The CONNSTEP Blog
Any amount of scrap or rework you’re experiencing in your operations points to an opportunity for improvement. The biggest challenge is discovering the root cause of the issue so you can make the improvements that will allow you to approach the goal of 100% quality. Otherwise you will be stuck in an endless loop of fixing the symptoms of the problem without actually coming to a better resolution – a resolution that will save you money and improve your cash flow.
How Scrap Hurts the Bottom Line
Because the cost of inventory so high, you simply cannot afford to generate waste. Consider this: if your raw materials cost is 30% of your product, and you must scrap the original order, needing to remake the original product, your raw materials costs have doubled and the ability to turn a profit has been greatly reduced. You need to efficiently turn raw materials to cash as quickly as possible. The number one reason small businesses go out of business is lack of cash flow! Even a small amount of waste can be very costly. If the scrap rate is 8% of your production now and it is reduced to 6%, that newly created 2% may now be used to produce new/additional product and your savings should account for the cost avoidance of using new/additional material to complete the existing order. Reducing rework and scrap from occurring can generate money that goes right to your bottom line.
Scrap and Rework Affect the On-Time Deliveries Customers Expect
Any time you experience defects in your production that generates scrap or rework your chances of attaining on-time delivery diminish. Future production also suffers, as while you complete the rework, the job you should have been working on becomes the next job in line. So now that job’s on-time capability is affected as well, potentially upsetting customers who expect on-time delivery. It’s a negative geometric progression that gets worse over time.
Finding the Root Problem of Scrap and Rework
To get to the root cause of the rework and scrap, CONNSTEP conducts Root Cause Analysis – a analytical, systematic approach to define, identify and solve problems by seeking out the origin of the problem. There are many tools associated with RCA including fishbone diagrams, Pareto Charts, cause and effect diagrams, failure mode and effects analysis (FMEA), and Kaizen, to name a few. The objective is to define the problem, collect data to substantiate the problem, identify possible causes, identify the root cause, and recommend – and implement – solutions. Asking a simple “why” is often not enough to delve deep into the root cause and create a permanent working solution. We need to ask that question several times over to get to the true root cause of what’s causing the defects and rework. The exercise of “The Five Whys” is a continuous improvement technique used to reveal an issue’s root cause.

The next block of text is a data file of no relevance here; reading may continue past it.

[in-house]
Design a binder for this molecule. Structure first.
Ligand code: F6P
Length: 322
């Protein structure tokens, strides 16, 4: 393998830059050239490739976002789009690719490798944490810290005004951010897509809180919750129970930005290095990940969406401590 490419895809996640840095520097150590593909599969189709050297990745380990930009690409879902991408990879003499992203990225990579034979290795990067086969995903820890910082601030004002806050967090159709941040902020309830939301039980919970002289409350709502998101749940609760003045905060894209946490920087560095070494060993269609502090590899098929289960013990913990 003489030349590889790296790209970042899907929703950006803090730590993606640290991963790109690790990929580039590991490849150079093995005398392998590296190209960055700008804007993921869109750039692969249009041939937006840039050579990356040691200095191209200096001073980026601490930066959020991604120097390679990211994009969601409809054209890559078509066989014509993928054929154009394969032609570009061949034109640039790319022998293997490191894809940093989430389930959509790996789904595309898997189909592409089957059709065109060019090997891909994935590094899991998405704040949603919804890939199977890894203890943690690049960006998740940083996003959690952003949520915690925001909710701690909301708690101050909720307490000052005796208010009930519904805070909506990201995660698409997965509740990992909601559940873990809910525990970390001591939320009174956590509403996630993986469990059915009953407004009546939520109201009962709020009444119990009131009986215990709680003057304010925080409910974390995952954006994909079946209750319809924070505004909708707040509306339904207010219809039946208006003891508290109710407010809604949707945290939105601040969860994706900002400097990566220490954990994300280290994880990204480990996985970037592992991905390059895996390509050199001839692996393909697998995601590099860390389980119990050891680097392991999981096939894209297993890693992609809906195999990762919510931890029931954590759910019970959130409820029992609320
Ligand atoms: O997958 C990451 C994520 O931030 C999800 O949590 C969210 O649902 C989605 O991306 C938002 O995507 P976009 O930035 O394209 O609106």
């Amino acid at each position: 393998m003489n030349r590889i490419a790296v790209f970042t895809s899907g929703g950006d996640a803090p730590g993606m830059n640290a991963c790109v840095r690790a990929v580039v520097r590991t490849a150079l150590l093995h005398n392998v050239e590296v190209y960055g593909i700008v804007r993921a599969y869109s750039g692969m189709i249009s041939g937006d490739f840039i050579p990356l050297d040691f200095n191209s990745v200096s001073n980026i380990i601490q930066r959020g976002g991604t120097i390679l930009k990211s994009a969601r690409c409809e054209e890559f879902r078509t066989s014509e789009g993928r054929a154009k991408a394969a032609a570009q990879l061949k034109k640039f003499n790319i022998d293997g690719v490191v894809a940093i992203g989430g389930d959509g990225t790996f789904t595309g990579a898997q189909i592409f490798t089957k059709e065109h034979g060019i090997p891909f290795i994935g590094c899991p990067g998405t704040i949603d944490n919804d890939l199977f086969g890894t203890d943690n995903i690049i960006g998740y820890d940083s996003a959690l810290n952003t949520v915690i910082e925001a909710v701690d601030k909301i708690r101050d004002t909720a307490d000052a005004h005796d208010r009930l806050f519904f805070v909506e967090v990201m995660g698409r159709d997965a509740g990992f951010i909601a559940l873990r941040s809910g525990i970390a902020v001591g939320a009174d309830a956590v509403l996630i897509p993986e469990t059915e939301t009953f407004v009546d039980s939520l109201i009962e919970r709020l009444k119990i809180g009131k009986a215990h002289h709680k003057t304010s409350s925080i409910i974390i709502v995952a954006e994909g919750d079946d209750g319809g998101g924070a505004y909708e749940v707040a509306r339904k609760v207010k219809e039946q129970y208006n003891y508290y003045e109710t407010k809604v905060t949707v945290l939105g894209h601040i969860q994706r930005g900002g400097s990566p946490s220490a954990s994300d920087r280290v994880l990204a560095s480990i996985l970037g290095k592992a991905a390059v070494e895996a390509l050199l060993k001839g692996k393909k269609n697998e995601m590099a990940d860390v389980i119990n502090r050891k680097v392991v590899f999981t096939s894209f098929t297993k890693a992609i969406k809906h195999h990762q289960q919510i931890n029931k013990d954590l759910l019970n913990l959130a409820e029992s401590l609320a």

Developing a Proactive System
Having a proactive system in place to address production deficiencies is key to your success. What’s your first-pass yield, OEE, dock to dock time, manufacturing cycle time, scrap rate, inventory turns? It is essential to have the right metrics to drive the right behavior and performance. The data collected needs to be used to improve the product or process otherwise why take the time and effort to collect it? Scrap is detrimental to your entire process – no matter where it is generated. But if it’s occurring at your operation’s pacemaker or constraint, it will have an even more severe detrimental impact. Time lost at the constraint is lost forever while time lost at the non constraint theoretically has time to catch up.
Accurately measuring what’s happening on your production floor is crucial. Using the PDCA: Plan/Do/Check/Act method also helps companies improve their process methodology. As in the rest of continuous improvement and Lean Manufacturing methods, this is a closed loop system. Even after you’ve improved your processes and reduced scrap and rework, you still need to continuously measure your progress and make required adjustments. Any deviation from plan, no matter how small, is still a deviation that must be addressed for overall success.
The easiest way to limit defective product is to “make one, move one.” Using Lean continuous improvement initiatives, flowing product at the smallest possible increment that makes sense. By consistently monitoring the progress in a one piece flow environment, your exposure to large quantities of quality problems is drastically diminished. The positive impact this can have on managing scrap and rework cannot be overstated.